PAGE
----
Guyana goes to the polls this Monday in a pivotal election in one of South America's poorest nations, where a coming oil boom is set to reshape an ethnically-divided political landscape.
Voting is likely to be tight between the ruling Partnership for National Unity and Alliance for Change (ANPU-AFC), led by President David Granger, and the opposition People's Progressive Party (PPP) of Irfaan Ali. The parties shared a 33-32 split in the outgoing 65-seat National Assembly.
With oil due to flow from vast offshore fields following a huge discovery by ExxonMobil in 2016, the IMF expects the economy to record the fastest growth worldwide this year -- 85%.
Oil production is currently around 52,000 barrels per day but is expected to grow to 750,000 bpd from 2025.-
The 65 members of Guyana's National Assembly are elected using closed list proportional representation, with voters selecting parties rather than individual candidates.
The leader of the single party or coalition that emerges with the most seats becomes president.
But the parties are not offering anything new so what is important is the oil, said analyst Henry Jeffrey, a former professor of international relations at the University of Guyana.
The result is that, because there is tremendous wealth about to come our way, it's a very important election, he added.
But he said Guyana, located on the northeast tip of South America, is far from ready for the oil boom: key legislation has not been enacted, and the state lacks oil industry experts.
The expected surge in GDP has raised questions over how Guyanese will be able to manage the new wealth flowing into the country.
Voting is likely to run along ethnic lines, with Granger's ruling coalition getting its bedrock support from the Afro-Guyanese community while the PPP is backed by the Indo-Guyanese population.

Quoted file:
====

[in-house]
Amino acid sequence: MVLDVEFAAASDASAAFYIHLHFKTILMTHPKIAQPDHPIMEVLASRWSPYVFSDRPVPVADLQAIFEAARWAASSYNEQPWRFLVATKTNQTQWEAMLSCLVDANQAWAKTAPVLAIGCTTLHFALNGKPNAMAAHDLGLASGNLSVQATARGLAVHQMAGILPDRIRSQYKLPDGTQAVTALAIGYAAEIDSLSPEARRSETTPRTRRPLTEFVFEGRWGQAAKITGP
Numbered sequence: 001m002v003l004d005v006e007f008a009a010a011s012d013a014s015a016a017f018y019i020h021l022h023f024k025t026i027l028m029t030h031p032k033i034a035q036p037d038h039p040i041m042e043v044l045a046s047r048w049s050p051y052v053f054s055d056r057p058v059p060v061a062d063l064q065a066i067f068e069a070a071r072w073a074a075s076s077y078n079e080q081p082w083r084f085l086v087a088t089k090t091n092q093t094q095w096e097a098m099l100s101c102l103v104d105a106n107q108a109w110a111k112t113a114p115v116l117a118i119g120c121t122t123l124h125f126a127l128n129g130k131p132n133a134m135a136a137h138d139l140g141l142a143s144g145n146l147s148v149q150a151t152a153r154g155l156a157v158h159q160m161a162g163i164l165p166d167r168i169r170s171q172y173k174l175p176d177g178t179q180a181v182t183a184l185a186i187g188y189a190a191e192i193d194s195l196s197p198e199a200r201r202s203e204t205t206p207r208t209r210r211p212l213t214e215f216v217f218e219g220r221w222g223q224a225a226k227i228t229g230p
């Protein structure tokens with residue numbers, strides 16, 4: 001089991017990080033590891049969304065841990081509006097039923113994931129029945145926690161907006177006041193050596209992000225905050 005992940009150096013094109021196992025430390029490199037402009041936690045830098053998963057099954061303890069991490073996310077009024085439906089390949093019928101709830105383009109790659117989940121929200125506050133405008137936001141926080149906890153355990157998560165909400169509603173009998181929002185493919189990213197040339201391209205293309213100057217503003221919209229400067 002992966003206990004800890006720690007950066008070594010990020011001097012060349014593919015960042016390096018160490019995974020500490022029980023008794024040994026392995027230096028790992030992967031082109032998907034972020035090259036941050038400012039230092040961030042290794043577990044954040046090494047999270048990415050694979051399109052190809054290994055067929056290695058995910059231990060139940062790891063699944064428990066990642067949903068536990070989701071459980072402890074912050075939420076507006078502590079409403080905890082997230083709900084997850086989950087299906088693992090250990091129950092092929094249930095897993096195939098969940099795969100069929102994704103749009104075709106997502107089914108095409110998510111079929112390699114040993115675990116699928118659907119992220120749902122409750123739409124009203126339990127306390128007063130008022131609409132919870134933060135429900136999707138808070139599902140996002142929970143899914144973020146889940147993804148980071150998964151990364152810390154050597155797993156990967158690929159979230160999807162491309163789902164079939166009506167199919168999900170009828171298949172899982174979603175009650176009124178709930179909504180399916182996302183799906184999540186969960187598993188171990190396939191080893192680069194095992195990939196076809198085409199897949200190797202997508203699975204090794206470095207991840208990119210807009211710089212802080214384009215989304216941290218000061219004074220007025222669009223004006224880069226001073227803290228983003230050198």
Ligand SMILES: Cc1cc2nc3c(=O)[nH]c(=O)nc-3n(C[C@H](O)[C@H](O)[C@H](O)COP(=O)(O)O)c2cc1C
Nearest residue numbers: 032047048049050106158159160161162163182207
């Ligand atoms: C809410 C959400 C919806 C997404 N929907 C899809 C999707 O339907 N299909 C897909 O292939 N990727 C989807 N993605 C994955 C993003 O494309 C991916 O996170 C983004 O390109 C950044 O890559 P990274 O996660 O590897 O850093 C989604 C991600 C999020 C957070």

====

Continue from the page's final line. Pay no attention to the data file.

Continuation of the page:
The problem in Guyana is an ethnic one and none of these parties is suggesting anything new, Jeffrey added.
The government lost a confidence vote in December 2018 but contested the result and embarked on a series of court challenges to stay in power. Granger, a 74-year-old former army general, eventually called the March 2 election last September.
Both he and the 39-year-old Ali are vying for the youth vote with promises of free education, jobs, increased salaries and pensions as well cash grants for school-going children once oil revenues come on-stream.
ExxonMobil in January estimated total recoverable oil resources at 8 billion barrels.
Granger points to increases in salaries and pensions during his presidency, 4.7 percent economic growth in 2019, and says a get-tough policy on crime has reduced drug trafficking and murders as well as corruption.
Ali has campaigned on reducing taxes and improving social services.
British NGO Global Witness says Guyana lost out to the tune of US$ 55 billion through a poorly negotiated exploration contract with hard-bargaining ExxonMobil in 2016.
It said Guyana is at risk from rising sea levels and urgently needs money to build coastal defenses as well as for schools and hospitals, and called for the contract to be re-negotiated.
The former British colony -- bordered by Brazil, Venezuela and Suriname -- has a population of around 750,000, though lawmakers believe that one-third or more have emigrated to North America and the Caribbean.
The Elections Commission said final results would take several days as many of the more than 2,000 polling stations are in remote locations in territory dominated by forests, mountains and rivers.